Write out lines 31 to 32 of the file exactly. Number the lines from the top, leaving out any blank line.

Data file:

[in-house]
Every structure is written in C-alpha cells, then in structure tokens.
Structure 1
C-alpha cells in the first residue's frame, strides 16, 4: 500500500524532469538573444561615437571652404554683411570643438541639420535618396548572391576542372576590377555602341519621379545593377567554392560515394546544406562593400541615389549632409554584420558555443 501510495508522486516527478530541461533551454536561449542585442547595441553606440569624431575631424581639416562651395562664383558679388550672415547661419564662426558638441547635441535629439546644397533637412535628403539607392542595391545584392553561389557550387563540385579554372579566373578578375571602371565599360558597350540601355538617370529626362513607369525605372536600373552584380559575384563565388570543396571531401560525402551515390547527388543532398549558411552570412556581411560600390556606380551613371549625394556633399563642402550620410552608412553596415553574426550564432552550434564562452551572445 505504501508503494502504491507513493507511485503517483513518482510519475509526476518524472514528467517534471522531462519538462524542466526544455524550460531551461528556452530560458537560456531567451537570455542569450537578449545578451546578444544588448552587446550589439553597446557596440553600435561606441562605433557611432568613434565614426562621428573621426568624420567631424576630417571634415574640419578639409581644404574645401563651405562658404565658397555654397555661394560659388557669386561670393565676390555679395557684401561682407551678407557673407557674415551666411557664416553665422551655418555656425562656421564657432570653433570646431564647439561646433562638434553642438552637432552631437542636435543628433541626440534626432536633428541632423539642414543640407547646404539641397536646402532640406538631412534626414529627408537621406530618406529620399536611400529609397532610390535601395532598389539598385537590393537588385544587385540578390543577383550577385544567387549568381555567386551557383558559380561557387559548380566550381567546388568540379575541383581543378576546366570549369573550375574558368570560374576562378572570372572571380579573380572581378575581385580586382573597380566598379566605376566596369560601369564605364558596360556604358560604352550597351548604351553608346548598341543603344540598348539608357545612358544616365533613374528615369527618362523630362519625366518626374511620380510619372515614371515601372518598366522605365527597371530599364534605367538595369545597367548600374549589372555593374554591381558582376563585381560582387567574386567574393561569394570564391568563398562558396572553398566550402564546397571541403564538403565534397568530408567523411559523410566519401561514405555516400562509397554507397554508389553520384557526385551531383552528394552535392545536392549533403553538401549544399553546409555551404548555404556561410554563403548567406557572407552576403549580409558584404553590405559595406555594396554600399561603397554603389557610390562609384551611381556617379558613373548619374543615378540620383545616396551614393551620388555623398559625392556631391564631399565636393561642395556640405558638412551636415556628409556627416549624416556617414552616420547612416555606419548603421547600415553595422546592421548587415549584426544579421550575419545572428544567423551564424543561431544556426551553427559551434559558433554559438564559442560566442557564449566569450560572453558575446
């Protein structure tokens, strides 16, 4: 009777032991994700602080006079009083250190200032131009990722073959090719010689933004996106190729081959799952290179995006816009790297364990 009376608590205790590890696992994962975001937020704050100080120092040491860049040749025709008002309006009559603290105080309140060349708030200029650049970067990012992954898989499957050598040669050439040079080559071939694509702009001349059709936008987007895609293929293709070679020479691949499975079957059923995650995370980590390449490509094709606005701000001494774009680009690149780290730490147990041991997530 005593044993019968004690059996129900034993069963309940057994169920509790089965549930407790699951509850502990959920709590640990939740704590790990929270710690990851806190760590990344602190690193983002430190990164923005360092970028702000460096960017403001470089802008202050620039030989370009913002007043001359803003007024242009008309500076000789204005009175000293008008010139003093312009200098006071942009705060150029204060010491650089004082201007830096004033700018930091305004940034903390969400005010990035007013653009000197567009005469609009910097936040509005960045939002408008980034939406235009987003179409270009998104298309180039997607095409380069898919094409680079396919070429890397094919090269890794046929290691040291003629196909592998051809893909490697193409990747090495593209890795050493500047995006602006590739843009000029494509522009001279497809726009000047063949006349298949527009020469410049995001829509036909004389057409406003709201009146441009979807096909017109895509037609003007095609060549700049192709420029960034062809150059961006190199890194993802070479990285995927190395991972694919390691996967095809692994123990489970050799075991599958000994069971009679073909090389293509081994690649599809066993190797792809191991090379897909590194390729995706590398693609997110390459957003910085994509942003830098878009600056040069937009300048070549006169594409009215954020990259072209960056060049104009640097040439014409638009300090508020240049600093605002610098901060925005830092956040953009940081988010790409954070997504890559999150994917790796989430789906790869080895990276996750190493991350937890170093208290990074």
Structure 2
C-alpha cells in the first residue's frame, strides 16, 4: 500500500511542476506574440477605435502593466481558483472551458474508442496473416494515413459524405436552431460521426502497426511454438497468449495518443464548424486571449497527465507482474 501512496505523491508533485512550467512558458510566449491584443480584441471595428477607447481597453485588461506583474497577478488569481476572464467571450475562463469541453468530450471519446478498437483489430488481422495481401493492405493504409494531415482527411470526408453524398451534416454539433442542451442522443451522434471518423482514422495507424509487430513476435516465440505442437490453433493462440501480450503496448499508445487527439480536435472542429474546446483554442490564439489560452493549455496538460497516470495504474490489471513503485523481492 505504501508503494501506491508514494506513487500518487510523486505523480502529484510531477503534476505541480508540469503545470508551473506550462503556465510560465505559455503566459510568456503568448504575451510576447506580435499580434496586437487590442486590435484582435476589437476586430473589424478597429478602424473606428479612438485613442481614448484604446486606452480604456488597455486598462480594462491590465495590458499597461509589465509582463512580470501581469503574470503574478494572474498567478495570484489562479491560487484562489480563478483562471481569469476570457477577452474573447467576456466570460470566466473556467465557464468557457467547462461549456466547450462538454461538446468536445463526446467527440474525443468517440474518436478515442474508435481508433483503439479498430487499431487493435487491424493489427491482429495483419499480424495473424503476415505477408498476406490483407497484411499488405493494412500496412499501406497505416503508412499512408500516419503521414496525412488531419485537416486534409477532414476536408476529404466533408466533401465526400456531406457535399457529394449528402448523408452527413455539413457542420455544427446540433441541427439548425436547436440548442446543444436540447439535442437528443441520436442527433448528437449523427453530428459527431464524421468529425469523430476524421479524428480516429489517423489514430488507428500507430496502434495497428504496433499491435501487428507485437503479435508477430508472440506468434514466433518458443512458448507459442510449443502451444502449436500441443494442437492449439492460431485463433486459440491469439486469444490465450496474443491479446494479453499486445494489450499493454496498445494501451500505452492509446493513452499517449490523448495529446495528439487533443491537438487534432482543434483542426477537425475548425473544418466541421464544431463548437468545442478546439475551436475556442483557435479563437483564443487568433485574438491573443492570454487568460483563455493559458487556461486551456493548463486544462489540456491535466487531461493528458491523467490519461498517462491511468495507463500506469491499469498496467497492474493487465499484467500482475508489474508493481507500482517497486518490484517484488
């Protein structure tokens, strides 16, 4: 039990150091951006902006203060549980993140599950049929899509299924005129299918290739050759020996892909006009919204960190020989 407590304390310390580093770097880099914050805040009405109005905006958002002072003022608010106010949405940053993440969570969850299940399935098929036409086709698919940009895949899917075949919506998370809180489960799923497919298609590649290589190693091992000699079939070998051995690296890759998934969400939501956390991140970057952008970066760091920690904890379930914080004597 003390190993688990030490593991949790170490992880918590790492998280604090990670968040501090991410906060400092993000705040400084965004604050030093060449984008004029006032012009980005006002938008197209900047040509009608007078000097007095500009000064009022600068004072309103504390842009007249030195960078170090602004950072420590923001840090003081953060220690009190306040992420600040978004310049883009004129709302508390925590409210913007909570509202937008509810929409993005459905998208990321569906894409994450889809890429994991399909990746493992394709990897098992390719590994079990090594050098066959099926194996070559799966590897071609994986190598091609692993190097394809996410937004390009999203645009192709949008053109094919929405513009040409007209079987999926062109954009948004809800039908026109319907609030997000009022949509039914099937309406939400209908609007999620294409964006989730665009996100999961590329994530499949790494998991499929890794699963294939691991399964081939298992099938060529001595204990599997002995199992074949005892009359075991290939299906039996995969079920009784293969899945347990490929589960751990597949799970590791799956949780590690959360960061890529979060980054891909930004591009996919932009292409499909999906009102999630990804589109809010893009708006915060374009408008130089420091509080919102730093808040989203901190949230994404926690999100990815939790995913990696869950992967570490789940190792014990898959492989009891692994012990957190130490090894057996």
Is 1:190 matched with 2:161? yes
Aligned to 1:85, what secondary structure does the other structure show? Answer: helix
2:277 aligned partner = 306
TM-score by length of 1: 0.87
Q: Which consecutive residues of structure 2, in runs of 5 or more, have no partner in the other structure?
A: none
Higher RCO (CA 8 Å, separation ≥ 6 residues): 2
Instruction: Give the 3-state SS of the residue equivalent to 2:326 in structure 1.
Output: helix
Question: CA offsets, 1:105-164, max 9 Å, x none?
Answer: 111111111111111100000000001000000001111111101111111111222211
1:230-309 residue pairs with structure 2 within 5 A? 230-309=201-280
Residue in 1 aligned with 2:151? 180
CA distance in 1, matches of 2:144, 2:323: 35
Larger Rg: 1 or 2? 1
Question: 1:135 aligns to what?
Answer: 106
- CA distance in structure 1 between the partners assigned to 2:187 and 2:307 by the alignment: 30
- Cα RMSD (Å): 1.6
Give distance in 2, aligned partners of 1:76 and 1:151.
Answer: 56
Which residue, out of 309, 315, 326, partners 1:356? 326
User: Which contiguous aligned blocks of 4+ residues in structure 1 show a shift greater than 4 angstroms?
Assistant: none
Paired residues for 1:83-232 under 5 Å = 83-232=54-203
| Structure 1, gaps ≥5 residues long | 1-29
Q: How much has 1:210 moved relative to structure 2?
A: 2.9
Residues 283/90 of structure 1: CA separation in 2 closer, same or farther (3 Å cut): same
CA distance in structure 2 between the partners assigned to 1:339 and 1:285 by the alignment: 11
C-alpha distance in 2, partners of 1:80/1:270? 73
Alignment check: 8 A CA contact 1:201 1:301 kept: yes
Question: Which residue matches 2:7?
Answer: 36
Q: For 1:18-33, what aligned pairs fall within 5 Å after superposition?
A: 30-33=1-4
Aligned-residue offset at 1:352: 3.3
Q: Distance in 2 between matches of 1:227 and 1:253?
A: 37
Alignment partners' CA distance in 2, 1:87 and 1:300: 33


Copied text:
User: Which contiguous aligned blocks of 4+ residues in structure 1 show a shift greater than 4 angstroms?
Assistant: none